PB: The guy who sold those Mr. Coffee machines, right? I remember those ads when I was a kid. And wasn't he married to that fat actress, Marilyn somebody?
FIRST, I WANT to thank Pat Burrell's left wrist for setting up this interview with the left hemisphere of his brain.
Hi, and thanks for giving me some time on this important NFL Sunday. Should I call you Pat? Half-Pat? Half-Brain?
PB: Any of those would be better than what some fans attach to "Brain." Pat will be fine. He used me to hit in the cage for an hour this morning, now he's moved over to his right hemisphere for the games.
First, I want you to take a deep breath, close your eyes and try to clear everything out of your left hemi. Ever hear of Joe DiMaggio?
Marilyn Monroe. He was the most famous baseball player in America. She was the No. 1 Hollywood sex goddess back when models and actresses wearing shag sweaters weren't mistaken for pipe cleaners. She never had to walk into a plastic surgeon's office and say, "Fill 'em up." Joe was also a great hitter who had that 56-game hitting streak in 1941.
PB: Oh, that guy. Remember, I'm half-brained right now. But I do remember a tune my folks used to play that had a line, "Where have you gone, Joe DiMaggio? . . . "
Pat, DiMaggio wound up hitting .357 in '41. He only hit 30 homers because he missed 15 games with injuries and the leftfield power alley in Yankee Stadium was 415 feet. Guess how many times he struck out in 541 at-bats?
PB: High-average power hitter? Probably put the ball in play. Maybe 100 to 125?
How about 13! That's thirteen strikeouts. What a coincidence. In 2005, when you had one of your better seasons, your numbers were similar to Joe D's 1941 in some areas. You had 562 ABs, just 21 more. You hit 32 homers, two more - of course you were playing home games in a ballpark with an alley 70 feet closer than Joe's yard. But you struck out 160 times. That's 147 times more than DiMaggio struck out in just 21 more at-bats.
PB: Yeah, but he never had to face closers. And setup men. And guys throwing close to 100 mph.
And you never had to face big-league pitching at a time when there were just 16 teams and major league baseball dwarfed every other sport in importance. Bob Feller won 25 for Cleveland that year. He was clocked at 100 mph when he was 18. And the fastball was his second-best pitch. He threw a curve in the mid-80s that used to hiss like a snake when it broke 12-to-6 and letters-to-knees. He would have turned you into the mother of all right-bracket parentheses.
PB: So what's your point? Is this about me "protecting" Ryan Howard?
This news just in. Chase Utley has agreed to a 7-year, $85 million contract. And it sounds as if they actually think he'll earn it. Insulating Howard is part of it. But a bigger part is you getting a grip on your own baseball career. The word is you refuse to alter a flawed approach to hitting. You're stronger than DiMaggio was and he was a powerful, athletic man for his time, one of the first genuine "five-tool" players. Some scouts projected you as a .320 average, 40-homer guy for a decade. Not quite . . . Of course, they were basing that on the swing you had at the University of Miami before you fell totally in love with your ability to hit batting-practice pitches 500 feet.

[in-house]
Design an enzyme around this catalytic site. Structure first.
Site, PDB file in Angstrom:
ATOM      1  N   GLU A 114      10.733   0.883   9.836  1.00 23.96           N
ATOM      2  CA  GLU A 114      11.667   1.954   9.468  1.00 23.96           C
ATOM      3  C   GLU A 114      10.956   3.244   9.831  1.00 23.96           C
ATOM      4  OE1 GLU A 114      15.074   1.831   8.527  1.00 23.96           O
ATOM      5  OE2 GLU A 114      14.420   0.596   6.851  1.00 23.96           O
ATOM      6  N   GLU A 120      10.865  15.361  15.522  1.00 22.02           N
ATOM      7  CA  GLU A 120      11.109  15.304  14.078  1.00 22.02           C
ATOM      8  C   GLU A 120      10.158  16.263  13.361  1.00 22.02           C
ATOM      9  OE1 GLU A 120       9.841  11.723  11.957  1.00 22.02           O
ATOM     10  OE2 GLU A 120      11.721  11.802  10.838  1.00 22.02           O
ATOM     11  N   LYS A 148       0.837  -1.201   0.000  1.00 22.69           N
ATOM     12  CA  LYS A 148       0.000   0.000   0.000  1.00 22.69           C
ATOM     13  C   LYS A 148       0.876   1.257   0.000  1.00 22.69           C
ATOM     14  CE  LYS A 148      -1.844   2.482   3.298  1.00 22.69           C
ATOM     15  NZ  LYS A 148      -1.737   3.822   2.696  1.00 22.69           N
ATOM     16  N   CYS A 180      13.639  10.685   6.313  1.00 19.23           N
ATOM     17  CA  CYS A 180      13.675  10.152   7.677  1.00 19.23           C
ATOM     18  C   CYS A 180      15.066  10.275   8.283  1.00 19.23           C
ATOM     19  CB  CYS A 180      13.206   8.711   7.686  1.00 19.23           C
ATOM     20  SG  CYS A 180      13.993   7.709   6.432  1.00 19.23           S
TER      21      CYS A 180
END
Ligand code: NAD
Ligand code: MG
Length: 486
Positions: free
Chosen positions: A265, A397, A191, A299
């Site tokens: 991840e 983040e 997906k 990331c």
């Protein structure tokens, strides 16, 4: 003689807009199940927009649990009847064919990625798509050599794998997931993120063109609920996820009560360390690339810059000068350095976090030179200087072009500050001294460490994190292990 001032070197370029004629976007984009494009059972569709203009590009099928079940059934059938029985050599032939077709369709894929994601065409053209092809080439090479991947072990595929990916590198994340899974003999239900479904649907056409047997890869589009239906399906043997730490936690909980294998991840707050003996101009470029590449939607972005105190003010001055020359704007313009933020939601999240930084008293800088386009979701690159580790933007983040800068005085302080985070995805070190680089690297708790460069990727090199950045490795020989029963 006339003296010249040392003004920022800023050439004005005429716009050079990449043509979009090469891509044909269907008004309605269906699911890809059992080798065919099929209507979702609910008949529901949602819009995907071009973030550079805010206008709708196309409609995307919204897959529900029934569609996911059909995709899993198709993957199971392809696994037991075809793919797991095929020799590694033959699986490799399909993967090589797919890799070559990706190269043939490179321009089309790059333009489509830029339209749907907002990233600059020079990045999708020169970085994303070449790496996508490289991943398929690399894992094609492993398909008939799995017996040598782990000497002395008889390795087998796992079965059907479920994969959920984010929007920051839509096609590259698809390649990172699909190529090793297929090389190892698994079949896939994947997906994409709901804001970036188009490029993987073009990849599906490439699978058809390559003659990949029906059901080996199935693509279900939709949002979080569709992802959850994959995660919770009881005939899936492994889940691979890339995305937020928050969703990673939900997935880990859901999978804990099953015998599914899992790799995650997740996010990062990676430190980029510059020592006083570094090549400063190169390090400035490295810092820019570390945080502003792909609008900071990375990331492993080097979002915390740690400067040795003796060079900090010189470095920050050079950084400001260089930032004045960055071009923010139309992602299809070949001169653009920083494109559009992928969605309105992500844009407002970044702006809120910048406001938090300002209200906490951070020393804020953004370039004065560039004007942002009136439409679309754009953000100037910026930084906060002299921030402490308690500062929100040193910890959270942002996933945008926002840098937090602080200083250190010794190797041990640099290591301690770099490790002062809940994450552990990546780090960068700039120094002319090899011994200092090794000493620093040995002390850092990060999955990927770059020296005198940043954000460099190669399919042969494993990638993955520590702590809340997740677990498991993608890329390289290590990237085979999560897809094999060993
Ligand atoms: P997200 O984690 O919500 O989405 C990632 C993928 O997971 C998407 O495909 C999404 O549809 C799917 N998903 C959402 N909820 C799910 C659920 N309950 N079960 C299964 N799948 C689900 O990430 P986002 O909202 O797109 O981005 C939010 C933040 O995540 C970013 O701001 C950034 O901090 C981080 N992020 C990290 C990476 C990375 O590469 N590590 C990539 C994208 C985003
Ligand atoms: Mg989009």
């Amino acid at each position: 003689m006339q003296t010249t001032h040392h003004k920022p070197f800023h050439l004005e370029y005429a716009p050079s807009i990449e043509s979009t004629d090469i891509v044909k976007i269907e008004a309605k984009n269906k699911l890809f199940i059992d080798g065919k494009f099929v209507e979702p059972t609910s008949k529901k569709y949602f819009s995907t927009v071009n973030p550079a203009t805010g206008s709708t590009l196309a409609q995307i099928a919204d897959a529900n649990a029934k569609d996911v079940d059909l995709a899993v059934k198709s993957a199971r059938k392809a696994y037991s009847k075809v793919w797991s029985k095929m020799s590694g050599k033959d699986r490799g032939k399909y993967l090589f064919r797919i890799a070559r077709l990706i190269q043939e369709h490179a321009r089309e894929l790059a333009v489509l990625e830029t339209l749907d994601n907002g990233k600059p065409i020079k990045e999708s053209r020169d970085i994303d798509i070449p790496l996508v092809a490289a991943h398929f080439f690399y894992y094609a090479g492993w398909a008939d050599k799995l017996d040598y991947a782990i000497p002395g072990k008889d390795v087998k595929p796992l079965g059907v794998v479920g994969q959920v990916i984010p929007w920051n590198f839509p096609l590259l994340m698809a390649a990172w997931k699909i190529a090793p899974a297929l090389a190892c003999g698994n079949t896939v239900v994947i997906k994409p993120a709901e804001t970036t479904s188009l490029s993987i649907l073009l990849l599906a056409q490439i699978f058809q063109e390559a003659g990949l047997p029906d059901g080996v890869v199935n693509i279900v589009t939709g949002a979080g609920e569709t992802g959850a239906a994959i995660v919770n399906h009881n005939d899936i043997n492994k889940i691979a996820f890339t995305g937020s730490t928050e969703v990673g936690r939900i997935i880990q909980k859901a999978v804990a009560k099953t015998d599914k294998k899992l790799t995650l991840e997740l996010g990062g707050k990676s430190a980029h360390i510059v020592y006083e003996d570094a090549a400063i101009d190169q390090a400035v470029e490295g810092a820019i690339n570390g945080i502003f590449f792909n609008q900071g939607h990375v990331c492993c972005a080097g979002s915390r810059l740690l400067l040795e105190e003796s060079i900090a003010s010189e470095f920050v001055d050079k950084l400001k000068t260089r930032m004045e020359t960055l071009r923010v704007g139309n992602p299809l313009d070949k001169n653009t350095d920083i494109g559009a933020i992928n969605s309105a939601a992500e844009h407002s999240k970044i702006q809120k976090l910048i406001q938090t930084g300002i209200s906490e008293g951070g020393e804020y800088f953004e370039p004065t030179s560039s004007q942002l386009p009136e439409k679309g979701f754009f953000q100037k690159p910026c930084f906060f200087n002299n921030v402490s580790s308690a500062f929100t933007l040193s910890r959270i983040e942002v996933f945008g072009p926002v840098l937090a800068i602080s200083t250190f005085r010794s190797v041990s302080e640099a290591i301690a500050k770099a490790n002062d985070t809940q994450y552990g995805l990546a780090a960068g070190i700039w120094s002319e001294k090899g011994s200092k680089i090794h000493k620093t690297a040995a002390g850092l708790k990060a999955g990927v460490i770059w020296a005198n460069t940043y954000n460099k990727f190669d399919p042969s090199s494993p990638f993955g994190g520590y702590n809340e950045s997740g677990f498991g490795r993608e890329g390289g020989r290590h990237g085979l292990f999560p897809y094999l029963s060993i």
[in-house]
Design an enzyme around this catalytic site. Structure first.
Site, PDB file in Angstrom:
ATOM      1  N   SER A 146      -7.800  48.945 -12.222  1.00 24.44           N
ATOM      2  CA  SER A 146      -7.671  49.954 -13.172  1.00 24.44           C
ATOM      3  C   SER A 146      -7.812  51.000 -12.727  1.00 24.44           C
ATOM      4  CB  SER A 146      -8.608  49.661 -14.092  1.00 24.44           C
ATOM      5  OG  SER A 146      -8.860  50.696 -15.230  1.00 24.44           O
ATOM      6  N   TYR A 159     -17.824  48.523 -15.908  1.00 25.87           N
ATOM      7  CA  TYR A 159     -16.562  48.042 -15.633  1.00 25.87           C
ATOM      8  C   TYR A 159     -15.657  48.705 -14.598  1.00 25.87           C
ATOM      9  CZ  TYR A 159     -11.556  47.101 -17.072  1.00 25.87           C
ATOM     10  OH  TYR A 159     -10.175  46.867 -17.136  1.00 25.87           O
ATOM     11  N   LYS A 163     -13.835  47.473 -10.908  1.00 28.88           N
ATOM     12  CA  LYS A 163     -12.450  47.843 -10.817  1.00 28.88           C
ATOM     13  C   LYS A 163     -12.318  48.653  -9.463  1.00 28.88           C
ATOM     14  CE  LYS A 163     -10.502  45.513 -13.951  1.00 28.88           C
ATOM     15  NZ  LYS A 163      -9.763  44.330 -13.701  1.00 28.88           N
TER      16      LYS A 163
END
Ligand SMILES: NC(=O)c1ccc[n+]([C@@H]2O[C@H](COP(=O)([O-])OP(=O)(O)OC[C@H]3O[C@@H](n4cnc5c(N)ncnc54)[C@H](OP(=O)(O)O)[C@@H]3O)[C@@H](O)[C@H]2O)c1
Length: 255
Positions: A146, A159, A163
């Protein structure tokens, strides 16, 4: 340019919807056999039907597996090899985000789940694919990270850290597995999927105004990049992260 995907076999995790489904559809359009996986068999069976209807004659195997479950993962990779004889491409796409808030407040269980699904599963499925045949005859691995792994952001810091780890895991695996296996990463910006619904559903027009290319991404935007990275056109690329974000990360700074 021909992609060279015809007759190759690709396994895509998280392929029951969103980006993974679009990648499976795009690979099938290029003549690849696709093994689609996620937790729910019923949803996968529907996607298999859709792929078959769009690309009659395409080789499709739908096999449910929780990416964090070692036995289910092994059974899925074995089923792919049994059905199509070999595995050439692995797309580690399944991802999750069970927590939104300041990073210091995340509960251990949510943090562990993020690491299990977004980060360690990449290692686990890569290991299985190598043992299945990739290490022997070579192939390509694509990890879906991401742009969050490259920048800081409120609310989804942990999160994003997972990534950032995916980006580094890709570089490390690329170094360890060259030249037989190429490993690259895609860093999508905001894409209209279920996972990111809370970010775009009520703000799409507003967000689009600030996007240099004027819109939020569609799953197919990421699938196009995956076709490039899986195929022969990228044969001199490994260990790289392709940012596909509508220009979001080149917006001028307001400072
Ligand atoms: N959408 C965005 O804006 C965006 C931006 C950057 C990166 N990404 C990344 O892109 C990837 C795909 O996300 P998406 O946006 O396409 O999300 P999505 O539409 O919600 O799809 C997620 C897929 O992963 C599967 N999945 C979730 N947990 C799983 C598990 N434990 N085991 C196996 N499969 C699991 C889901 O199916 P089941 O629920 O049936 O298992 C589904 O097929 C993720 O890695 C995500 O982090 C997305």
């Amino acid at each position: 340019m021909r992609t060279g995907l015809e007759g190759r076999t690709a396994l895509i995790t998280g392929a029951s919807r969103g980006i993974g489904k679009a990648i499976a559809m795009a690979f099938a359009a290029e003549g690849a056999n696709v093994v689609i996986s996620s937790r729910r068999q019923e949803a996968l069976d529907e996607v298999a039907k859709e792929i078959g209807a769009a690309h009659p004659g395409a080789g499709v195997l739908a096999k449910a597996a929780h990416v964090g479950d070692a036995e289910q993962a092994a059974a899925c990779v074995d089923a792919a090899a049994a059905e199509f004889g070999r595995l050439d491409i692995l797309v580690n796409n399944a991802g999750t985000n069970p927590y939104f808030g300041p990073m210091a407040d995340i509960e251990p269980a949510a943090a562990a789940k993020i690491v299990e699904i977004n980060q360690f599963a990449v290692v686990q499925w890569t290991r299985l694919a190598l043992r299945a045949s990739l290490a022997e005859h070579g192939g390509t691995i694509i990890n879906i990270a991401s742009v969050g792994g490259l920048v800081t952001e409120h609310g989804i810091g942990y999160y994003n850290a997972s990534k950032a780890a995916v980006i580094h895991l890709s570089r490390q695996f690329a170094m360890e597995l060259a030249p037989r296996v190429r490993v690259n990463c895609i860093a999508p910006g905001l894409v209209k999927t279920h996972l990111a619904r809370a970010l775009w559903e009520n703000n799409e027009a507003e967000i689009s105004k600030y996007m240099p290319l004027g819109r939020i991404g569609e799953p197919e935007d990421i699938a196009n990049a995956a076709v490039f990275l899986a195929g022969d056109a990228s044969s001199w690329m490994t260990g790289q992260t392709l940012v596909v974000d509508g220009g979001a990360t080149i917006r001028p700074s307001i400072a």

PB: That's a little harsh. How come Jim Thome was able to hit 47 homers in 2003 with me having my worst year? Some days it looked like Larry Bowa picked our batting order out of a hat. Abreu, Thome, Lieby, Utley, me;
Thome, Lieby, Abreu, me, Utley. I mean, on and on, different almost every day.
It's called clutching at straws. Let's close the book on Joe D's strikeouts vs. yours: Joe retired after 13 years with 361 homers - and 369 strikeouts. That's an average of 28 homers and 28 strikeouts a year. After seven seasons, you're averaging 27 homers and 147 strikeouts - that's 1,017 Ks.
PB: Chicks dig the longball . . .
When DiMaggio was a teenager tearing up the Pacific Coast League, they told him after signing him off the family tuna boat that if he struck out a lot he was gone. So he spread out into that ultrawide stance and cut his stride to a matter of inches. Guess who else in the 21st century game has taken the same approach?
PB: Albert Pujols? He spreads out and just sort of does like a half pivot on his front foot. And . . .
And then he hits it as far as you do. He's in perfect balance. His hands are always inside the ball. Bottom line, he's had the greatest first 6 years in offensive baseball history, going back to the deadball era. He's averaging 41.7 homers and 65.6 strikeouts with a career .332 average. And he just turned 27.
PB: So you think I should spread out so I strike out less and can protect Ryan Howard?
Pass this on to the rest of your brain, as well: Forget about protecting Ryan Howard and start worrying about protecting your own baseball reputation. Start by taking a long look in the mirror and asking, "Am I the hitter I wanted to be 7 years ago?" You won't like the answer. *
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